A place for speculation, even in the midst of mindless horror

Bombarded by media questions in the hours after Friday’s nightmare events in Norway, Oslo’s police simply put their hands up: “We have no main theory, we don’t even have a working theory,” a police official told AFP. “We already have enough to do to get an understanding of the situation.”

But the media couldn’t wait and turned to the experts: Who got it wrong. Among more than a few likeminded pundits, the UK’s own Quilliam Foundation put out several tweets linking the attacks to Islamists, a circulating line of argument which eventually led to inaccurate stuff like this.

Will McCants, a former US State Department and West Point expert on ‘Countering Violent Extremism’ drew particular ire. His blog Jihadica cited a claim of responsibility – ‘Alleged Claim for Oslo Attacks’ – from a terror group left on a members-only website favoured by al-Qaida acolytes.

The claim spun swiftly round the mainstream media world, driven largely by McCants’ reputation. He carefully qualified the claim down the line, but not enough to save him from a deal of abuse when the premise was proven flat wrong with the arrest of Anders Behring Breivik hours later.

In a piece for Electronic Intifada on McCants, one that is fairer than its headline suggests – How a clueless "terrorism expert” set media suspicion on Muslims after Oslo horror – Benjamin Doherty warned of the dangers of a quick good guess after grave events. “The focus of speculation, its amplification through social media, its legitimisation in mainstream media, and the privilege granted to so-called experts is a common pattern,” he wrote.

But as Atlantic Magazine’s Andrew Sullivan says of the internet, “Its truths are provisional, and its ethos collective and messy.” You can be right as often as you are wrong. But you are free to be both.

In 1995 The Washington DC based columnist Jim Lobe, a longtime contributor to Inter Press Service (IPS), then a sort of wire service-era version of Global Voices, almost immediately and correctly attributed the Oklahoma bombing to right-wing extremist militias, when the entire US media without exception blamed it on Islamists from the moment the news broke.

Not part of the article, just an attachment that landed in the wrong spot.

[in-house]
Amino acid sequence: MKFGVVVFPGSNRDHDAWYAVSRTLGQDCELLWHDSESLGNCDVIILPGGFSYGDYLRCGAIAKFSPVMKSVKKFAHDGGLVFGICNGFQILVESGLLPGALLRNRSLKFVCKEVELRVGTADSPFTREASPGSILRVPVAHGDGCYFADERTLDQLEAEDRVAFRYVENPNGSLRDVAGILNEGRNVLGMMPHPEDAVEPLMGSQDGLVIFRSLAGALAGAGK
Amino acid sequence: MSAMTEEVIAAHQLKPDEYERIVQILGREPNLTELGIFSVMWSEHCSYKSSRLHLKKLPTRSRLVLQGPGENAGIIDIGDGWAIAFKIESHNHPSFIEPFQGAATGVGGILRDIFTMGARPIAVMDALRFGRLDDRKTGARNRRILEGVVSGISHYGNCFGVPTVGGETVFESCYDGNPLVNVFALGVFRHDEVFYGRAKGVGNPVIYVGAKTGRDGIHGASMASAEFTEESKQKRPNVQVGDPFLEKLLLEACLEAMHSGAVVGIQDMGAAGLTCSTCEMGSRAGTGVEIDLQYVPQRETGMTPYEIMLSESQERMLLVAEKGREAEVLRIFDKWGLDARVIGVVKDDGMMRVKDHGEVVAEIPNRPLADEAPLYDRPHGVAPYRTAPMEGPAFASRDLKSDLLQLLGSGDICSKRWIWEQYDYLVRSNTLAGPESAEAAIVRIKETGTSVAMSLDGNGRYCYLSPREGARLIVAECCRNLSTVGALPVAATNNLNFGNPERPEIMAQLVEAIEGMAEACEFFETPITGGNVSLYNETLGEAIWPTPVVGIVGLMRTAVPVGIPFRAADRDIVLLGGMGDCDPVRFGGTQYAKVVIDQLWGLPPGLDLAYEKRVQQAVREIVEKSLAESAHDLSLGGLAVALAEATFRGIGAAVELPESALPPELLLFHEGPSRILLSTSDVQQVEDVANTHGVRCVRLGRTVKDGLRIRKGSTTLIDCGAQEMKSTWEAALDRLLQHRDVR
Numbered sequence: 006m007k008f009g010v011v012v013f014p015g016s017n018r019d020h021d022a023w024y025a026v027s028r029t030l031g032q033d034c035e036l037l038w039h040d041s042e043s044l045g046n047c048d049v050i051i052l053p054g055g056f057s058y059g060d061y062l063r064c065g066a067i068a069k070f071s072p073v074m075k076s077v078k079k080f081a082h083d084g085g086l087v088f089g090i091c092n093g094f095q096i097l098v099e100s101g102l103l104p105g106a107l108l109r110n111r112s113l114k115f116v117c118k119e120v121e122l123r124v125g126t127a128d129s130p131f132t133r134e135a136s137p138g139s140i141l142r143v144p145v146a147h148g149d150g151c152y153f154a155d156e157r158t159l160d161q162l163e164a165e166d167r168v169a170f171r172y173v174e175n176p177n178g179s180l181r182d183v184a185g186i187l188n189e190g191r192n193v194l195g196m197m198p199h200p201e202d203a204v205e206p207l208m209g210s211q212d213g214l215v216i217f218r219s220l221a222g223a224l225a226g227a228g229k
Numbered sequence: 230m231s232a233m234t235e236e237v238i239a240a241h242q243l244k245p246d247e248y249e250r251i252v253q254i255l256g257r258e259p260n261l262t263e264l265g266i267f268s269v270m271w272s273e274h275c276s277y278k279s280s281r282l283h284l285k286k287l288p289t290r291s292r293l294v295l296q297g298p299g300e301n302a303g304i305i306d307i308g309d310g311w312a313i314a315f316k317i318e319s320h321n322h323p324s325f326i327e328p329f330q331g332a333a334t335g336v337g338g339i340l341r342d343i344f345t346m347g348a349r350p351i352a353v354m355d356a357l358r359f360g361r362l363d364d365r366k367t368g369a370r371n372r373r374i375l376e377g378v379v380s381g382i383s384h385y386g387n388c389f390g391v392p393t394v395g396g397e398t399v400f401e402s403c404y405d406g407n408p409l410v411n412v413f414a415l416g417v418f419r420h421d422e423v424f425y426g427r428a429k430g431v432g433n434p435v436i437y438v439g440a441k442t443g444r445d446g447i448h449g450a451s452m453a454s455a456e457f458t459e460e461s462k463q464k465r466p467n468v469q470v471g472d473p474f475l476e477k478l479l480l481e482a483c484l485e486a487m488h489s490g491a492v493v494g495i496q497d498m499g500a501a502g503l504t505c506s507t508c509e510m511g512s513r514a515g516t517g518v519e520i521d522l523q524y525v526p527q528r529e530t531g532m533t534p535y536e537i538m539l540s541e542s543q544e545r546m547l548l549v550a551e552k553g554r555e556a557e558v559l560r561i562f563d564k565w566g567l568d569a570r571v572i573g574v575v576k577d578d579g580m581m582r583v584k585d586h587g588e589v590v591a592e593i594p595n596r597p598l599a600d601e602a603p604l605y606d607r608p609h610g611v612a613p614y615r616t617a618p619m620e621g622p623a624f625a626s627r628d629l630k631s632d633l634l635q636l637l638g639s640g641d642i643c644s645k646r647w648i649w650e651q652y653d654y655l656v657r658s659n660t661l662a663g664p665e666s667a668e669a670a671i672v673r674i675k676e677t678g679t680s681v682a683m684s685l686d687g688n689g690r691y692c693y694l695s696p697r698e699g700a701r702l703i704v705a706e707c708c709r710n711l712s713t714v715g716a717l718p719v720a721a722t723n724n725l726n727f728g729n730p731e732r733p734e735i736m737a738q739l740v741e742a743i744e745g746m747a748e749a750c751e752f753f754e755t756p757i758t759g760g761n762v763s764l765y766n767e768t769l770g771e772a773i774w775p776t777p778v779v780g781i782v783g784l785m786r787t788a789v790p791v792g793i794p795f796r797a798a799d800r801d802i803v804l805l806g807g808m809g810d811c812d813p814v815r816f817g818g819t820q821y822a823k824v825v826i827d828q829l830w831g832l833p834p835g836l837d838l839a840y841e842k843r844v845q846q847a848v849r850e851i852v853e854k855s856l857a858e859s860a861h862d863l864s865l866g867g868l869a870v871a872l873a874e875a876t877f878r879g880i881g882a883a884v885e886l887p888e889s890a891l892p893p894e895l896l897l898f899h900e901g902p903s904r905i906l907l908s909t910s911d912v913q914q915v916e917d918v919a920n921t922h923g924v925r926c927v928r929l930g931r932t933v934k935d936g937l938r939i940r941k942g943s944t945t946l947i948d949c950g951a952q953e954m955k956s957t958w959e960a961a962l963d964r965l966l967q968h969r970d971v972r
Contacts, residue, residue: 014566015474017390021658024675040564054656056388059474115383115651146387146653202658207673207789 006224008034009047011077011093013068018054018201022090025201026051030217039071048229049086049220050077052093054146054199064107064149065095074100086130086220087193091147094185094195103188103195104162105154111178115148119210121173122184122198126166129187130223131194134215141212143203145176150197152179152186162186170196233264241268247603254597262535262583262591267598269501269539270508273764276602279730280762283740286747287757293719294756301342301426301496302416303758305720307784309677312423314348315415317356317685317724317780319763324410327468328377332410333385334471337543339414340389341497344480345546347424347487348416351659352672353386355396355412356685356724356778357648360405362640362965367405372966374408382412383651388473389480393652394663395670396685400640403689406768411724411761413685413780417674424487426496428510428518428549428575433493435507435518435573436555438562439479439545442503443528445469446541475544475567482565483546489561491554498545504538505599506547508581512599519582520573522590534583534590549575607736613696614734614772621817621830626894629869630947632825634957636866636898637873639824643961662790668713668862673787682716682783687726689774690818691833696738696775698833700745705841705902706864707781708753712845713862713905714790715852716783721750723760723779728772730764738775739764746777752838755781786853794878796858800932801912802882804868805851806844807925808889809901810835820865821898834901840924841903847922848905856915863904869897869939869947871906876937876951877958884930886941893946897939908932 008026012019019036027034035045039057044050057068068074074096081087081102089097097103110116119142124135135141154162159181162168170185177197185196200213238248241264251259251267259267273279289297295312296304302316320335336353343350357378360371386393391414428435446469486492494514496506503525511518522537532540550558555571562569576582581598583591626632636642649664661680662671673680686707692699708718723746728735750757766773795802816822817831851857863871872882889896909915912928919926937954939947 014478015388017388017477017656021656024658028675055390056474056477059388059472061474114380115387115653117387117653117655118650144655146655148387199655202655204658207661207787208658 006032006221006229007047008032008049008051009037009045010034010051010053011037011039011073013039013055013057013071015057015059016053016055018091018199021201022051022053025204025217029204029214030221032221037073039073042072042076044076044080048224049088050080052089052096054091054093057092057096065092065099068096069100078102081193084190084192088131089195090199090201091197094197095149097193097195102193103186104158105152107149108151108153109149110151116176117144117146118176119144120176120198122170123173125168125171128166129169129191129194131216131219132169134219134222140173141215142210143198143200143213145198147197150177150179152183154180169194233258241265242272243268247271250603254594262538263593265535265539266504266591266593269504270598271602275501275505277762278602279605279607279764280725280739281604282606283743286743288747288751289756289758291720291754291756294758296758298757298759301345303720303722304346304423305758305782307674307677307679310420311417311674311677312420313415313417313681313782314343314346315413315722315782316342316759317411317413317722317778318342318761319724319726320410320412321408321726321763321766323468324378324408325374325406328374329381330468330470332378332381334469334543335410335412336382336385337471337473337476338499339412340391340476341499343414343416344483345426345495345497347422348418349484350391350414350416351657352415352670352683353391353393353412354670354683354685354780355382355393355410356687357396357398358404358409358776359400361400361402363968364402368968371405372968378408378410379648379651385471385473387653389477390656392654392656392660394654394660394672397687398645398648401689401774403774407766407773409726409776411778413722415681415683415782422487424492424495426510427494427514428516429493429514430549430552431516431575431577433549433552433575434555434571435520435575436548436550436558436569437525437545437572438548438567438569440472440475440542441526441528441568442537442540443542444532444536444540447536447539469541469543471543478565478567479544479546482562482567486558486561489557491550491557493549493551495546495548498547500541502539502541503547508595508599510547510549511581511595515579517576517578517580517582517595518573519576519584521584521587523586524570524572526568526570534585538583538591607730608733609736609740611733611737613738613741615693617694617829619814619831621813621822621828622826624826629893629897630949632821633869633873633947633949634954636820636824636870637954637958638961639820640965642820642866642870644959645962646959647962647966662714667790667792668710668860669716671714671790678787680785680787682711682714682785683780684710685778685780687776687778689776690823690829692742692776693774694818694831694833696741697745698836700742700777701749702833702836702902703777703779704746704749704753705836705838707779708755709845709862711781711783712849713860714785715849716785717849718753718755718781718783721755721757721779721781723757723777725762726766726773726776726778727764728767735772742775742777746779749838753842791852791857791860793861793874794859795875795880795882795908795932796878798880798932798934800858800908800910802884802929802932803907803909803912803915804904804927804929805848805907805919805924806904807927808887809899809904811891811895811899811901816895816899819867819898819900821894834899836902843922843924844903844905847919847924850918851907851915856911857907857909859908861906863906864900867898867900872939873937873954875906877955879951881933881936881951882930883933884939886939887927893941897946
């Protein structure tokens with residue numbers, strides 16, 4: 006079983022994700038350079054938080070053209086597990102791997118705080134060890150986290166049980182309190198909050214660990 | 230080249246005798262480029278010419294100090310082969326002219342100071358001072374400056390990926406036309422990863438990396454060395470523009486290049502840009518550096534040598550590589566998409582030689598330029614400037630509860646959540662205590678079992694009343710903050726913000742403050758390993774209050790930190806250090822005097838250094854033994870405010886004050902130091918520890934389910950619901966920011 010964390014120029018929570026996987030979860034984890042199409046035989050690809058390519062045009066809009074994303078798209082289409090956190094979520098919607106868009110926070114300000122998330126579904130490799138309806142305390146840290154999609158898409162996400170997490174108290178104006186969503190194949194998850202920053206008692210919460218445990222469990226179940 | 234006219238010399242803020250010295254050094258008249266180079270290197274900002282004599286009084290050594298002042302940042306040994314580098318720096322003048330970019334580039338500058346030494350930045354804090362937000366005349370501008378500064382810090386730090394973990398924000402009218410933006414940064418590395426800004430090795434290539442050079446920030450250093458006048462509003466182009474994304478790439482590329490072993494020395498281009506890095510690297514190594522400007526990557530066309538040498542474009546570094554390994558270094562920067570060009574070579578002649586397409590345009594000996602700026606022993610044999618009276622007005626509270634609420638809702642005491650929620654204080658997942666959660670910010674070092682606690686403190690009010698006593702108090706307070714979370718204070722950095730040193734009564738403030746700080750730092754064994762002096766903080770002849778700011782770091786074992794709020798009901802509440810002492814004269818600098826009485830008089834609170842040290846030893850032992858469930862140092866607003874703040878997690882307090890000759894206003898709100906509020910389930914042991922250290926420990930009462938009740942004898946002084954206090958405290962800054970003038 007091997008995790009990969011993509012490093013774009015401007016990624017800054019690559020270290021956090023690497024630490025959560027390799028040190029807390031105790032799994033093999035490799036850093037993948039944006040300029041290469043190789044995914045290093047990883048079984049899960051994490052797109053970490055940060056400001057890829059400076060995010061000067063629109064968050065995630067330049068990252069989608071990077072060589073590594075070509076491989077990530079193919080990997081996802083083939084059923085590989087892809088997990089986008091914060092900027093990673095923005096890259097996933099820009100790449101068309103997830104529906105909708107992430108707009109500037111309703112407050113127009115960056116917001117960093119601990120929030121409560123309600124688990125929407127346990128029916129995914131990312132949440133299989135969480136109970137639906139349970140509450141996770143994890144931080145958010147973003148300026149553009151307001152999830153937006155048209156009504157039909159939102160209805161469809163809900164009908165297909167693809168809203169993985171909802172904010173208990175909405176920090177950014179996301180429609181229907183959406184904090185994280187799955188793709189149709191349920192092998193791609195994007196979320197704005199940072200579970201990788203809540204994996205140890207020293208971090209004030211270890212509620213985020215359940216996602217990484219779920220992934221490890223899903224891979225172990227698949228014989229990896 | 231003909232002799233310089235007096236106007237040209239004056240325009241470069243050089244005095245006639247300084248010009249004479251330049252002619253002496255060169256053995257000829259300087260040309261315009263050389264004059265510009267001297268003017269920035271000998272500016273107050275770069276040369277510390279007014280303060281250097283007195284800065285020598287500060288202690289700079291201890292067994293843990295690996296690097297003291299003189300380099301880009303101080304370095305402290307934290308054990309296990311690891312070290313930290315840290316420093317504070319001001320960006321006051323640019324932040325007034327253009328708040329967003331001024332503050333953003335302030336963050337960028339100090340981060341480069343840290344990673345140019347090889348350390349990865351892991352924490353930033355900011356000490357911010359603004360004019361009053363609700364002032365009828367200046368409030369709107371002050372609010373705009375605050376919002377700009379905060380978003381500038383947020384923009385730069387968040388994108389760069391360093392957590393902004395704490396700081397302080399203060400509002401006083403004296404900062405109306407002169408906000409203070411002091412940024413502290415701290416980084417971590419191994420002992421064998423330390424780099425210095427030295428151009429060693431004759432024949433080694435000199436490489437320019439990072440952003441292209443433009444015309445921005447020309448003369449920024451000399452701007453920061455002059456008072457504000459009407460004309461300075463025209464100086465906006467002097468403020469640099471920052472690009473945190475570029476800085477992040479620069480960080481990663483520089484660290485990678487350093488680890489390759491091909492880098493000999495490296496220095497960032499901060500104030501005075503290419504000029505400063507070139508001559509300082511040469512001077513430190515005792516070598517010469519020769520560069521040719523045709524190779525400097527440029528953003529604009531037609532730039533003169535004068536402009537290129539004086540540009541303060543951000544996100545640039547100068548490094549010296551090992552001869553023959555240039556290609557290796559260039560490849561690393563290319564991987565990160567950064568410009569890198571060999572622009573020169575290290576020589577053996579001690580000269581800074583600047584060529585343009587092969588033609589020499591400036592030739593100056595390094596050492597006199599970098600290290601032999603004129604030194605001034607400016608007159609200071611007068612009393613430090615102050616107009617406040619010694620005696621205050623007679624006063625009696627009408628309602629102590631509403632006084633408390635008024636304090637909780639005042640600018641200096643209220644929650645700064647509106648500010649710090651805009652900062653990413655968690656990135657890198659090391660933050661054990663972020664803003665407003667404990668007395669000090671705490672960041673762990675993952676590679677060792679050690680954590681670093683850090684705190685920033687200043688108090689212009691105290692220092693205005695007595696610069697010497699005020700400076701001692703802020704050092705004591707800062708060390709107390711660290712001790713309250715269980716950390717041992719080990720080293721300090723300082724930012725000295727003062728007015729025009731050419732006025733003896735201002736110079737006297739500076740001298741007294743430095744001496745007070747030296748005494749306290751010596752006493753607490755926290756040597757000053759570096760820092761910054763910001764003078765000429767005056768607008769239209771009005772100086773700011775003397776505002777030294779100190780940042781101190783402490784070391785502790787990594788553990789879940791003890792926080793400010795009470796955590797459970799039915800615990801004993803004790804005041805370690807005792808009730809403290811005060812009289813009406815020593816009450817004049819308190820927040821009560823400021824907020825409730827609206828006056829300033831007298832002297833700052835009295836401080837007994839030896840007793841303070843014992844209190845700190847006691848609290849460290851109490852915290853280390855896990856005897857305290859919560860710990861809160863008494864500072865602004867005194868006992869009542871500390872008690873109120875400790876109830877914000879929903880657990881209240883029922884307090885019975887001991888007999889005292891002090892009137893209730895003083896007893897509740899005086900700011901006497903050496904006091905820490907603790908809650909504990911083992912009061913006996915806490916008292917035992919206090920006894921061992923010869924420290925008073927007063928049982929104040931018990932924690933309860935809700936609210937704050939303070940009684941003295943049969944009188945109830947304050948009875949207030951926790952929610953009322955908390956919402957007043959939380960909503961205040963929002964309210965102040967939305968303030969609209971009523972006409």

IPS and Lobe stood alone in their speculative view for three days until the entire US media had to fall in behind them with the identification of the real killer, Timothy McVeigh.

Lobe’s speculation was based on his long study of right-wing US militias and a personal disinclination to blame Arabs before home grown terrorists. Though he could have been wrong, his ‘provisional truth’ kept minds open to alternative scenarios in a world shocked to the core but starved of facts.

Doherty’s own speculation was that such theorising “adds little knowledge but causes real harm by spreading fear and loathing of Muslims, immigrants and other vulnerable and routinely demonised populations, and whether intentional or not, assigns collective guilt to them.”

I suspect time will prove Doherty’s fears groundless and his speculation wrong. I think Norwegian premier Jens Stoltenberg speaks for all his citizens when he says they must never give up their values. “We must show that our open society can pass this test too,” he said on the day of the horror. “That the answer to violence is even more democracy.”

If as is said, journalism is the first rough draft of history, the web is the place for the first rough thoughts in front of that draft’s first blank page. We need them, both right and wrong.

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